88 Energy says third party mapping of the area around AIM listed Pantheon Resources discovery of light sweet crude oil in Alaska shows the geological fairways likely extend to its Project Icewine ground on Alaska’s famed North Slope. The company says it is planning for a resource upgrade at Icewine within months and that talks with potential farm-in partners are in play.
Three geological plays have encouraged 88 Energy – notably the Shelf Margin Delta, or “SMD” play, the Seabee Lower Basin Floor Fan, or “BFF” play and the Slope Fan System, or “SFS” reservoir sections where Pantheon has enjoyed success through to the production testing stage and is now planning follow up horizontal production wells.
The company said third party mapping of the SMD play indicates the fairway where Pantheon drilled three discoveries extends onto its Project Icewine leases and mapping of the other two systems is almost complete.
The shallower, conventional horizons were not tested in previous drilling at Icewine as the company was at the time chasing an unconventional oil play.
We’ve got a new exploration team at 88 and they’re going over everything. With the success of the conventional Talitha well, located less than three miles away to the north, it makes sense to revisit Icewine to see what we missed as we were previously chasing, deeper unconventionals.
Pantheon drilled three nearby discoveries about 2.8 miles north of 88 Energy’s project boundary – Alkaid-1, Talitha-A and Theta West-1 – which flowed 35 to 40 degrees API oil from multiple reservoirs and confirmed reservoir deliverability. It is now planning development wells that are expected to produce at rates of over 1,000 barrels of oil per day, or “BOPD” per well via long horizontal wells with multi-stage hydraulic fracturing technology.
The data from all three wells contributed to the re-evaluation of the Project Icewine acreage.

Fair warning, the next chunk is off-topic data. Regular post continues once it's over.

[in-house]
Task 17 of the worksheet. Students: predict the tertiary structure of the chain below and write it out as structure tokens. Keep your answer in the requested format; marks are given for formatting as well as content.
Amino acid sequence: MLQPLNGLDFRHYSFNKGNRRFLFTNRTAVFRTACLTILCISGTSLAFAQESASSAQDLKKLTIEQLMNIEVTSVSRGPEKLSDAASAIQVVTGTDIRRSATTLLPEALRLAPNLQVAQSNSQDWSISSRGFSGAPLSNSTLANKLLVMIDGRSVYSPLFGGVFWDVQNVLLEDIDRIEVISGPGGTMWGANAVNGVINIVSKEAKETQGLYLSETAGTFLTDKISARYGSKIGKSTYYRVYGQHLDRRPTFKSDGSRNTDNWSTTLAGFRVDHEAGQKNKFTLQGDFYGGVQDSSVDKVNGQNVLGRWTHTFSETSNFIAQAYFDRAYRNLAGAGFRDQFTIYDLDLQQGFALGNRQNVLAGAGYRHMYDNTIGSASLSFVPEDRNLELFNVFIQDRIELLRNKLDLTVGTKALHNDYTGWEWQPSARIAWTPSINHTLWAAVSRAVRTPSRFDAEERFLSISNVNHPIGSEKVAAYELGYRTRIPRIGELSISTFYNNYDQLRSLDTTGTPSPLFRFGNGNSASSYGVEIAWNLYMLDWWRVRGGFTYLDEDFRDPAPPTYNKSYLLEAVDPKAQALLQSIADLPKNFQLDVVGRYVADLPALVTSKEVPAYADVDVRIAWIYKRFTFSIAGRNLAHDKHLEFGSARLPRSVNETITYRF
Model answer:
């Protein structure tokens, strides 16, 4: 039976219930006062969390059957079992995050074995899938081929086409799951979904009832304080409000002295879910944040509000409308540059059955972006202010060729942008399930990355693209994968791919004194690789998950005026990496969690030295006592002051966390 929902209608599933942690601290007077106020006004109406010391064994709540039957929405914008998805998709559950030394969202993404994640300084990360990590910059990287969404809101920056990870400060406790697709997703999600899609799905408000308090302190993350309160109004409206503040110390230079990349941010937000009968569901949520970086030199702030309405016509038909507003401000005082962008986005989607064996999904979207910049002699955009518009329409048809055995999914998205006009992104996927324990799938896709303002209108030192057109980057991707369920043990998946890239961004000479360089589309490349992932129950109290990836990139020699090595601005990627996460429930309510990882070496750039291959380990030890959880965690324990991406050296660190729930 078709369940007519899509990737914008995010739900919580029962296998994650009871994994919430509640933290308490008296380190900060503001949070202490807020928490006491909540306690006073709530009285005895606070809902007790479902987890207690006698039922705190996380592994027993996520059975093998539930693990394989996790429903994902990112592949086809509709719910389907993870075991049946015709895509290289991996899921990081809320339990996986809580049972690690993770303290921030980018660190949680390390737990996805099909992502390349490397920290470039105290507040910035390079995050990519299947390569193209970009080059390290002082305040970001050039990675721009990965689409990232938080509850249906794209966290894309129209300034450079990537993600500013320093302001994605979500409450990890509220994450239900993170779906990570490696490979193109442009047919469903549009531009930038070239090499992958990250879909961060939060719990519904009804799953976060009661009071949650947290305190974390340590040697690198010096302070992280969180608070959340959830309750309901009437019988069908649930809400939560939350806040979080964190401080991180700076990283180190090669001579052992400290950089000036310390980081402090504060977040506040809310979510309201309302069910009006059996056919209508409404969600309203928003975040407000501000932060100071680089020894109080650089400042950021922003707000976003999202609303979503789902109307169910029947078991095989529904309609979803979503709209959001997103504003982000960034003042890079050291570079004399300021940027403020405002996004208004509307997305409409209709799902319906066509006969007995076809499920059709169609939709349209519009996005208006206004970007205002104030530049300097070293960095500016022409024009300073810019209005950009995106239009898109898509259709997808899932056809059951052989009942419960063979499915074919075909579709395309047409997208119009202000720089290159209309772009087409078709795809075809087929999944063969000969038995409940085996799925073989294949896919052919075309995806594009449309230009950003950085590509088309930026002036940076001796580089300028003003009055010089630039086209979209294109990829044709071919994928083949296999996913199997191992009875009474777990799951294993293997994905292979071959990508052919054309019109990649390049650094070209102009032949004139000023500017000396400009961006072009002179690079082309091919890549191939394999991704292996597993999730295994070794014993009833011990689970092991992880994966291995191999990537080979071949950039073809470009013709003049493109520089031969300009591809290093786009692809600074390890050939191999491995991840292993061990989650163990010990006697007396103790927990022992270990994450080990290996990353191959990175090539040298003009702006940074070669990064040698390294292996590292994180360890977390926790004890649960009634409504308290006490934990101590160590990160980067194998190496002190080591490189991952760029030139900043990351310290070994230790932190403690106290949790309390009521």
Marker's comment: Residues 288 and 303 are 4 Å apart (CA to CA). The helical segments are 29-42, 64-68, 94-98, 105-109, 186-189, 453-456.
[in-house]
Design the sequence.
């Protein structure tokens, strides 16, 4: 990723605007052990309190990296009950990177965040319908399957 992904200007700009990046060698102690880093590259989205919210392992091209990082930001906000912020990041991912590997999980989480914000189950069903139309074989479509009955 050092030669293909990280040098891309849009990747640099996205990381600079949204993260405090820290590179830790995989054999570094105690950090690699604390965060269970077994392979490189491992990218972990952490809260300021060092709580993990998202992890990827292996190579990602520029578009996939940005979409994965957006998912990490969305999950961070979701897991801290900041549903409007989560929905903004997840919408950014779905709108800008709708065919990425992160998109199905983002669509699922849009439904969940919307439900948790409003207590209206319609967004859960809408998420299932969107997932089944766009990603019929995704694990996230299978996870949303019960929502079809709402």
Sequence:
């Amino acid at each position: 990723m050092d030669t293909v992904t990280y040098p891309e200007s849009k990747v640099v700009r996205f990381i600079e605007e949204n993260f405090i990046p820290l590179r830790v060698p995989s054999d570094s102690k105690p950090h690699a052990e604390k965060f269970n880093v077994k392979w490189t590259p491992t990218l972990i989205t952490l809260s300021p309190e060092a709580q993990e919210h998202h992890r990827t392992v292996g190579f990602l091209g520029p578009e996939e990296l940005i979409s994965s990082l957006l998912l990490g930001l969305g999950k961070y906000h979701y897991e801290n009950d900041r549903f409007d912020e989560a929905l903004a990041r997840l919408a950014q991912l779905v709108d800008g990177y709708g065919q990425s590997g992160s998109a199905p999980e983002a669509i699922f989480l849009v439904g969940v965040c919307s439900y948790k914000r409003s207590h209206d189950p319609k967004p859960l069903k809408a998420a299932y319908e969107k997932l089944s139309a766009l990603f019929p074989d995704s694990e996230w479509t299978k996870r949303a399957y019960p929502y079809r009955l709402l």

Once the mapping of the remaining SFS and BFF zones is complete, 88 Energy said it expects the combined mapping of all three prospects to form the basis of an updated resource estimate for Project Icewine in the next quarter.
The company also said it is in farmout discussions relating to its 195,000-acre Icewine holdings. Due diligence and work program discussions are underway with potential partners although no binding commitments have been made.
The company recently widened its focus from a pure Alaskan exploration play to warmer climes when it bought 75 per cent and control of a Texan oiler producing around 300 barrels of Permian Basin oil per day.
It spent US$9.7 million to take Bighorn Energy’s 32 wells across nine leasehold areas and is targeting a doubling of production by year’s end.
The deal, backdated to January 1, provides cash flows and low-cost upside to offset the balance sheet implications of drilling high impact exploration wells on a sole-risked basis.
The Permian Basin is one of the United States’ premiere oil provinces and the geology of the Bighorn acreage is well understood with low technical risk and brings with it low-cost field development opportunities and potential acreage deals.
Combining fresh eyes with nearology can often bear fruit and if 88 Energy can leverage off its neighbour’s drilling success and publicly available material then it makes perfect sense to revisit its untested Project Icewine ground.
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